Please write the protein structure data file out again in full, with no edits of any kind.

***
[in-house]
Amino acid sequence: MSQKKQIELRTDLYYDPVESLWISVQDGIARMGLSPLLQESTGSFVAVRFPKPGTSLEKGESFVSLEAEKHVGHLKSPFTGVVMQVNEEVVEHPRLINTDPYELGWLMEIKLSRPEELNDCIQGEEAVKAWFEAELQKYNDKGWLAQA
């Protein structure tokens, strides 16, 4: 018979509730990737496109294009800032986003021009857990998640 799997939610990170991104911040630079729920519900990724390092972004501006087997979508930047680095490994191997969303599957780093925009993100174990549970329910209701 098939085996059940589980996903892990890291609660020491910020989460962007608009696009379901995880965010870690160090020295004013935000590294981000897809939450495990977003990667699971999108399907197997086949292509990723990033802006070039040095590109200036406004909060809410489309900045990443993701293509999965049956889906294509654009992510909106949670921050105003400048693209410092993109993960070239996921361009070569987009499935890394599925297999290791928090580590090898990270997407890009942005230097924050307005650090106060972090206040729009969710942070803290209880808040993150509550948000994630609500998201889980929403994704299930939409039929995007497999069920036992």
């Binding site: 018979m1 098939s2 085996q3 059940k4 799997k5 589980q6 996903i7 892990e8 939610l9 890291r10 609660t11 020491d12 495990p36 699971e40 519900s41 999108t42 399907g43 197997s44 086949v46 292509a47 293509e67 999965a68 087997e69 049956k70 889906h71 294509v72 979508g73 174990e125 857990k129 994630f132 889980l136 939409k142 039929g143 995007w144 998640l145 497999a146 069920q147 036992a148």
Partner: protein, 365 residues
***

[in-house]
Amino acid sequence: MSQKKQIELRTDLYYDPVESLWISVQDGIARMGLSPLLQESTGSFVAVRFPKPGTSLEKGESFVSLEAEKHVGHLKSPFTGVVMQVNEEVVEHPRLINTDPYELGWLMEIKLSRPEELNDCIQGEEAVKAWFEAELQKYNDKGWLAQA
């Protein structure tokens, strides 16, 4: 018979509730990737496109294009800032986003021009857990998640 799997939610990170991104911040630079729920519900990724390092972004501006087997979508930047680095490994191997969303599957780093925009993100174990549970329910209701 098939085996059940589980996903892990890291609660020491910020989460962007608009696009379901995880965010870690160090020295004013935000590294981000897809939450495990977003990667699971999108399907197997086949292509990723990033802006070039040095590109200036406004909060809410489309900045990443993701293509999965049956889906294509654009992510909106949670921050105003400048693209410092993109993960070239996921361009070569987009499935890394599925297999290791928090580590090898990270997407890009942005230097924050307005650090106060972090206040729009969710942070803290209880808040993150509550948000994630609500998201889980929403994704299930939409039929995007497999069920036992």
């Binding site: 018979m1 098939s2 085996q3 059940k4 799997k5 589980q6 996903i7 892990e8 939610l9 890291r10 609660t11 020491d12 495990p36 699971e40 519900s41 999108t42 399907g43 197997s44 086949v46 292509a47 293509e67 999965a68 087997e69 049956k70 889906h71 294509v72 979508g73 174990e125 857990k129 994630f132 889980l136 939409k142 039929g143 995007w144 998640l145 497999a146 069920q147 036992a148």
Partner: protein, 365 residues